Local state of emergency issued as water levels rise in Lesser Slave River
A state of local emergency has been issued for the M.D. of Lesser Slave River No. 124 due to rising flood waters.
The alert was issued just before 1:30 a.m. Tuesday.
“The public is advised that for the duration of the emergency, the local authority may take any action it deems necessary to deal with the situation,” read the declaration.
Heavy rainfall in the area has caused flooding in low-lying areas, including Eating Creek and Marten Beach, where residents have been told to evacuate.
In Eating Creek residents were given a half an hour to leave their properties.
“Residents are advised to seek accommodations with friends outside the flood area or at local hotels,” said an emergency alert. “Road access is deteriorating.”
On Wednesday evening, officials issued an information alert to inform evacuated residents of the Eating Creek area that they would be allowed to return home at 7 p.m. However, they warned the roads were damaged and asked residents to exercise “extreme caution” when returning.
For further advice and instruction on re-entry, residents can click here.
In the Marten Beach area, heavy rainfall and log jams caused localized flooding. Residents there were told to be cautious and take appropriate precautions.
High water levels also put the Town of Slave Lake on high alert, especially on the northeast side of the community. Crews were forced to shut down the Mooney Creek bridge for several hours but it was reopened shortly before 9 a.m. Tuesday.
“Water is receding and crews are keeping an eye on the Sawridge Creek. Mooney Creek bridge has now reopened with one lane. Please expect at least a 30-minute delay,” said the town’s Twitter account.
At around 10:45 a.m. Tuesday, the town said Highway 88 at the 16-kilometre marker was closed completely due to a culvert washout and flooding.
“This highway will be closed for an extended period of time due to the need for water to go down before crews can come in and fix the road,” the tweet said.
Late Tuesday afternoon, officials said Highway 2 at the Mooney Creek bridge is down to one lane.
There were also a number of power outages within town limits and officials say ATCO is working to bring the power back on.
The Northern Northern Lights Aquatic Centre, MRC, Parentlink and Library were closed earlier Tuesday, but all town facilities were open again by 2 p.m.
Environment Canada issued rain warnings for the area with between 60 and 110 mm of rain expected for the area.
“Evacuations are still in effect,” officials said in a Facebook post on Wednesday afternoon. “The M.D. [is] working on a plan of re-entry and determining priorities and actions for recovery. In preparation of re-entry, residents can call the local Alberta Health Services branch at 780-849-5101.”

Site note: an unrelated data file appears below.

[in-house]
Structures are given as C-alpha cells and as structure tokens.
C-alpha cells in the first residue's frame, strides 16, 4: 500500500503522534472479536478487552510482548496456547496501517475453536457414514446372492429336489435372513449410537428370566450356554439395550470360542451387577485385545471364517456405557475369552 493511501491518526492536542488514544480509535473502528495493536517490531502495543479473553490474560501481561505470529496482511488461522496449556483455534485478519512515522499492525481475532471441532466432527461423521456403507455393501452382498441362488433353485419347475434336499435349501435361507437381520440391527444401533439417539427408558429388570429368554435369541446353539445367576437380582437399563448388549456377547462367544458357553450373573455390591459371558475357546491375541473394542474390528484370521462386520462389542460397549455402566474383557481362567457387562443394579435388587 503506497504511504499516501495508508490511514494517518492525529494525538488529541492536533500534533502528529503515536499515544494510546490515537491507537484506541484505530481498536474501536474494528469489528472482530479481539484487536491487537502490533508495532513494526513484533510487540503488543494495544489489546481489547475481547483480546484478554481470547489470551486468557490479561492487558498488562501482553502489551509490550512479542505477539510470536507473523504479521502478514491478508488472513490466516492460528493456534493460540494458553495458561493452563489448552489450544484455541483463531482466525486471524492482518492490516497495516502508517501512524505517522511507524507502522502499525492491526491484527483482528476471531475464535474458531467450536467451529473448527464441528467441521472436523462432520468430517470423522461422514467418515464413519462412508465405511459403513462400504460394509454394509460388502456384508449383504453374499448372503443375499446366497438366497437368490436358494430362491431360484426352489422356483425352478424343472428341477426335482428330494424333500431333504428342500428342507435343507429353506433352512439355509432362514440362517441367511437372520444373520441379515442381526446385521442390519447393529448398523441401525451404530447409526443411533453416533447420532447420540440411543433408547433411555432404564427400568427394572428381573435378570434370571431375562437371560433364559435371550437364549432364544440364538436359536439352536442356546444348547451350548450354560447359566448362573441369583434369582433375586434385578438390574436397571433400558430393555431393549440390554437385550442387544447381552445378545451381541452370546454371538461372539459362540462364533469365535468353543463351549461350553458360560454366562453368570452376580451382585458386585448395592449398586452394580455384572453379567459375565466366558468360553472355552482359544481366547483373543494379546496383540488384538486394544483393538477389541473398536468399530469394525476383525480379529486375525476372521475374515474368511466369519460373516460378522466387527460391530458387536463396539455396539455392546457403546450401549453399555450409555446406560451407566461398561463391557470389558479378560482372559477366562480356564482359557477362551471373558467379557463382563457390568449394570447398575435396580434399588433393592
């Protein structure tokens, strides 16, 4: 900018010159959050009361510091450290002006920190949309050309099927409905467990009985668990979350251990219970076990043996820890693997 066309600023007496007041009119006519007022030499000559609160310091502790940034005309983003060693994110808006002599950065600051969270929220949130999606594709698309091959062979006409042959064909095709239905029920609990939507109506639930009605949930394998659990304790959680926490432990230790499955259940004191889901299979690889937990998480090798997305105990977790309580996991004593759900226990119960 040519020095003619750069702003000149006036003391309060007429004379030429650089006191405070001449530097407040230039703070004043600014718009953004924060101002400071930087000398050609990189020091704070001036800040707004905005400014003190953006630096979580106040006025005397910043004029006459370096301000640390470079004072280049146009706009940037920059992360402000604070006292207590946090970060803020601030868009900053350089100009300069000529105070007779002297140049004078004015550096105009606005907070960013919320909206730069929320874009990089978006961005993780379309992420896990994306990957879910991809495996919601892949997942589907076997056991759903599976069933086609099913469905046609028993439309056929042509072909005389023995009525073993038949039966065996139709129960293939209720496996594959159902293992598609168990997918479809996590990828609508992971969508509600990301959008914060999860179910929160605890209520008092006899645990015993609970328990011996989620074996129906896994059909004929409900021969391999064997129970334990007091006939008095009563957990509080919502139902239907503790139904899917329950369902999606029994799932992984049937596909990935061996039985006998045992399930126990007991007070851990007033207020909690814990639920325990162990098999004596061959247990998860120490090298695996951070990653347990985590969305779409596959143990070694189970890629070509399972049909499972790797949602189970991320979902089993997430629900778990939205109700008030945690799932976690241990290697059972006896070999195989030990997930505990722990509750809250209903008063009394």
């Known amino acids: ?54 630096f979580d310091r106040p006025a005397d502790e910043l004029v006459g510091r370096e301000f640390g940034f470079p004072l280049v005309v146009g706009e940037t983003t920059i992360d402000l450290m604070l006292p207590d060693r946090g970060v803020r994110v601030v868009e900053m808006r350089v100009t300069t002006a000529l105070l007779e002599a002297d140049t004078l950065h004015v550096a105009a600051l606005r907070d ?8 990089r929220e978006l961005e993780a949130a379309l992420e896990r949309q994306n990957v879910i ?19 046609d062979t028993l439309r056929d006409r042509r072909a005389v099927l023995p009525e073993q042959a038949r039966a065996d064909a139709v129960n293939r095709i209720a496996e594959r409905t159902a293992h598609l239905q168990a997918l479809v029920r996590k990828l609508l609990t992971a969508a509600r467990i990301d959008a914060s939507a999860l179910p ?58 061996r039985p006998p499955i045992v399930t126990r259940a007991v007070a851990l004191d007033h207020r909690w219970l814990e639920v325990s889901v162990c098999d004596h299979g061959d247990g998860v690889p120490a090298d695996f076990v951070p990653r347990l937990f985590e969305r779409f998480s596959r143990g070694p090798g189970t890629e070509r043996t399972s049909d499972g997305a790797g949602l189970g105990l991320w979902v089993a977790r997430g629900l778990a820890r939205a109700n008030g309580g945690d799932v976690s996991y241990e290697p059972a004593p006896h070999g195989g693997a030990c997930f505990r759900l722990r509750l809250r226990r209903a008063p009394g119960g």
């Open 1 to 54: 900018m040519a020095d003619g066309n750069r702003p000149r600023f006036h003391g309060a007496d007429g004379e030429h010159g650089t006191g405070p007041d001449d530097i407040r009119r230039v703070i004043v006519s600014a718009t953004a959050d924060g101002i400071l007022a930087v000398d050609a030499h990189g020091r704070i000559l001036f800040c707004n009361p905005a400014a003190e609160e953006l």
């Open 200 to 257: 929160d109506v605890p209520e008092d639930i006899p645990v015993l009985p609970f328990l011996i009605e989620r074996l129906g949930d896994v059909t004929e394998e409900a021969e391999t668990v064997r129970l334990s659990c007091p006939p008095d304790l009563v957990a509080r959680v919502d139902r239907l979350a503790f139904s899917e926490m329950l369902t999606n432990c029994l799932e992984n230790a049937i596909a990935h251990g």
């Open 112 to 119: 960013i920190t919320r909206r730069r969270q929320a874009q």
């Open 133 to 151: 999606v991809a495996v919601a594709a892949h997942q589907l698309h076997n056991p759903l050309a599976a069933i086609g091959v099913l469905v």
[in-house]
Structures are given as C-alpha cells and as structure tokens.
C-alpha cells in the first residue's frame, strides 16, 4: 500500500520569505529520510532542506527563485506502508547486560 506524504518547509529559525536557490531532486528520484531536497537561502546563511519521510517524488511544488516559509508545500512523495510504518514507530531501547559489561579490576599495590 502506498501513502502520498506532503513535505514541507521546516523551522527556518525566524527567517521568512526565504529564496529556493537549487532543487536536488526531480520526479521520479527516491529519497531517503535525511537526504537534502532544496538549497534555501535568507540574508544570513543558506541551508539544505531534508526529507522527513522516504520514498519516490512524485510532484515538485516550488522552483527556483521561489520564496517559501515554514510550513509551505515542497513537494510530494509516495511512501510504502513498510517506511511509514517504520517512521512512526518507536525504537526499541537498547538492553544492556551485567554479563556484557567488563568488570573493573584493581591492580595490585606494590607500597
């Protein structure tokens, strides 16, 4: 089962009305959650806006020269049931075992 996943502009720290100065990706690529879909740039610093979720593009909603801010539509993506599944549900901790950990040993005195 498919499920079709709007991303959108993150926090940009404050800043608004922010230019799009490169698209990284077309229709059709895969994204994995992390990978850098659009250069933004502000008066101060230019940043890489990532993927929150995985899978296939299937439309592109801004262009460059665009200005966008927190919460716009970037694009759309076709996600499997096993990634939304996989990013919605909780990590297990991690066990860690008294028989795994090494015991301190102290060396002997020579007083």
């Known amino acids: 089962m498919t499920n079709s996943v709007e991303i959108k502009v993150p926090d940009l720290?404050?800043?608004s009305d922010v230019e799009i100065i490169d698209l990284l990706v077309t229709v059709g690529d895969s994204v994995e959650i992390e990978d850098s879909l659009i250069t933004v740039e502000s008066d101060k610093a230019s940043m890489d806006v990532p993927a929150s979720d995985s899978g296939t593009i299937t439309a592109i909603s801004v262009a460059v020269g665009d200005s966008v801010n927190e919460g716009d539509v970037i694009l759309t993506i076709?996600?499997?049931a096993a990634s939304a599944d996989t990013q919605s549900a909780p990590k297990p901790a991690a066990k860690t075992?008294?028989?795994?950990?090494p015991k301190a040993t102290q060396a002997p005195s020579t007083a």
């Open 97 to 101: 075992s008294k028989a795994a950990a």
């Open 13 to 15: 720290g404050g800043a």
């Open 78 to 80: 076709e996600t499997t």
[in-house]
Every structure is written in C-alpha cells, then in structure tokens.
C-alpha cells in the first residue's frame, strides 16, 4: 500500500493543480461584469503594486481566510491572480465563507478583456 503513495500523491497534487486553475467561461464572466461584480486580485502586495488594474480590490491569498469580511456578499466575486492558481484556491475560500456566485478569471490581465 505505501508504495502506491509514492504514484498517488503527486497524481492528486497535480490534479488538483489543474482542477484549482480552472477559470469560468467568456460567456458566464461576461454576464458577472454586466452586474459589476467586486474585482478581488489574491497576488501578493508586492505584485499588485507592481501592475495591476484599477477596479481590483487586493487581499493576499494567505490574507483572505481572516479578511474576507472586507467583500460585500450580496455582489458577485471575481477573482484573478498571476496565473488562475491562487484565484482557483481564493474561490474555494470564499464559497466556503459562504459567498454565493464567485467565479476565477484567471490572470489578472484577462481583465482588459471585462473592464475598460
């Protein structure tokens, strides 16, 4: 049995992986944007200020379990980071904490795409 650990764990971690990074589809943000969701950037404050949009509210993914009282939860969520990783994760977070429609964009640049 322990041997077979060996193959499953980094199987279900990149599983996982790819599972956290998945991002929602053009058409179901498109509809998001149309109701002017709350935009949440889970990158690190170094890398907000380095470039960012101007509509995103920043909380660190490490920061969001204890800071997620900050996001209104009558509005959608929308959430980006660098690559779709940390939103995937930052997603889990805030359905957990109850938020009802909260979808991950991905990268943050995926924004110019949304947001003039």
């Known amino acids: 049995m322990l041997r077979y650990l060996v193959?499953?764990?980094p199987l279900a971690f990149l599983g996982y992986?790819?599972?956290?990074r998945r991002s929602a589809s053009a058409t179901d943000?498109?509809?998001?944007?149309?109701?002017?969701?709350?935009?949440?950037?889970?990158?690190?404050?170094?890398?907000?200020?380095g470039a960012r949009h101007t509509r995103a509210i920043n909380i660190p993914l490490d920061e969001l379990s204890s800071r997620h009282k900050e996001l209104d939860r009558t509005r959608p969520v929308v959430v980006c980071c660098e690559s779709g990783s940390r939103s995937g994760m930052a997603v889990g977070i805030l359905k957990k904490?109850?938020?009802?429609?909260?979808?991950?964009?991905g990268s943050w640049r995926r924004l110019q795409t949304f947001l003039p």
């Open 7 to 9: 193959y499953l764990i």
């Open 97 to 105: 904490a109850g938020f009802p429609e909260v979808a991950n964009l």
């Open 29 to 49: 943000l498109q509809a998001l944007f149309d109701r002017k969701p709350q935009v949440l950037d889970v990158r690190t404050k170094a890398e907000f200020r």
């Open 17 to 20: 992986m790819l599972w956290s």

They added if anybody is displaced by the flood threat, they should check in at a reception centre set up at the M.D.’s administration office or by calling 780-849-4888.
“Our road system I think took the biggest beating,” Murray Kerik, the reeve for the M.D. of Lesser Slave River No. 124, said on Wednesday afternoon. “We had water running over roads all over the place, bridges chock-full, backhoes sitting on bridges lifting timber out as it floats down the creeks and it would have piled up and taken our bridges out. So yeah, it’s been an expensive couple of days.
“We have water in places we’ve never seen water before.”
Kerik said Marten Beach is likely the hardest-hit area.
“There’s going to be lots of damage in that hamlet,” he said.
“The cleanup is going to be extreme and from what we understand, it’s 30 to 50 per cent of the hamlet that was underwater.”
View photos of flooding in the Marten Beach area in the gallery below.
Kerik said the M.D. Is currently trying to assess the severity of the damage sustained by infrastructure, which is partly why the state of emergency remains in effect.
“We’re still under a state of local emergency until such time as we know it’s safe for our residents to go home because we’re not going to… have a road collapse out from underneath them,” he said. “Water systems, septic systems all have to be operating properly before we can let people in.
“Water is receding rapidly, which is good because it was pretty intense around here for a couple of days.”
View photos of the impact of rising river water in the Slave Lake area in the gallery below:
Meanwhile, in north-central Alberta, officials expressed concern about water rising on the Driftpile River late Tuesday afternoon.
“The rise in water level may cause water to flow out of the banks of the river near the water level measurement station in the community of Driftpile,” officials with Big Lakes County said in an emergency alert. “Flooding of low-lying areas upstream and downstream of the dyking is already occurring and may increase as water makes its way downstream.”
People in the Driftpile area were being warned to avoid rivers, valleys and low-lying areas.